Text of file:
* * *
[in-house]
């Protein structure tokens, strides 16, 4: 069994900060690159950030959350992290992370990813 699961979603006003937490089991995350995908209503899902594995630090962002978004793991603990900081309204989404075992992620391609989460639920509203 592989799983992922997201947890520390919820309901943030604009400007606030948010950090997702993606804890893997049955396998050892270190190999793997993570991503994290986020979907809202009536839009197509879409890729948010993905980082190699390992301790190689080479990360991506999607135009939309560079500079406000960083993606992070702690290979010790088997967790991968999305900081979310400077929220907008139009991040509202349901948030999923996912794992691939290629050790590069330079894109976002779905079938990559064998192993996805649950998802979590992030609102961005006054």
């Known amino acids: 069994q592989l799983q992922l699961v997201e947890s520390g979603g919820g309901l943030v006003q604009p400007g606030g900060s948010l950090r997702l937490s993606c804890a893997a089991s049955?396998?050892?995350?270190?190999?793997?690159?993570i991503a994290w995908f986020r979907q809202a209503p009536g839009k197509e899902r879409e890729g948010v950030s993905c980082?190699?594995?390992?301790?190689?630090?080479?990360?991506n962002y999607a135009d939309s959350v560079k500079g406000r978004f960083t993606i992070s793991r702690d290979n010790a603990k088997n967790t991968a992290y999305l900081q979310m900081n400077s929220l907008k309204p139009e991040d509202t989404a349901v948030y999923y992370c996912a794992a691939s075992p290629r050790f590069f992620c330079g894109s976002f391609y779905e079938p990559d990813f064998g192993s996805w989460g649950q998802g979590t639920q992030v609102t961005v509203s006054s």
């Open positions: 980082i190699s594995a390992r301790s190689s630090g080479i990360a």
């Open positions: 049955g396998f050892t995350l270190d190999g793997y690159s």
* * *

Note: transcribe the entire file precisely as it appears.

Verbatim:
[in-house]
């Protein structure tokens, strides 16, 4: 069994900060690159950030959350992290992370990813 699961979603006003937490089991995350995908209503899902594995630090962002978004793991603990900081309204989404075992992620391609989460639920509203 592989799983992922997201947890520390919820309901943030604009400007606030948010950090997702993606804890893997049955396998050892270190190999793997993570991503994290986020979907809202009536839009197509879409890729948010993905980082190699390992301790190689080479990360991506999607135009939309560079500079406000960083993606992070702690290979010790088997967790991968999305900081979310400077929220907008139009991040509202349901948030999923996912794992691939290629050790590069330079894109976002779905079938990559064998192993996805649950998802979590992030609102961005006054």
């Known amino acids: 069994q592989l799983q992922l699961v997201e947890s520390g979603g919820g309901l943030v006003q604009p400007g606030g900060s948010l950090r997702l937490s993606c804890a893997a089991s049955?396998?050892?995350?270190?190999?793997?690159?993570i991503a994290w995908f986020r979907q809202a209503p009536g839009k197509e899902r879409e890729g948010v950030s993905c980082?190699?594995?390992?301790?190689?630090?080479?990360?991506n962002y999607a135009d939309s959350v560079k500079g406000r978004f960083t993606i992070s793991r702690d290979n010790a603990k088997n967790t991968a992290y999305l900081q979310m900081n400077s929220l907008k309204p139009e991040d509202t989404a349901v948030y999923y992370c996912a794992a691939s075992p290629r050790f590069f992620c330079g894109s976002f391609y779905e079938p990559d990813f064998g192993s996805w989460g649950q998802g979590t639920q992030v609102t961005v509203s006054s």
């Open positions: 980082i190699s594995a390992r301790s190689s630090g080479i990360a």
């Open positions: 049955g396998f050892t995350l270190d190999g793997y690159s």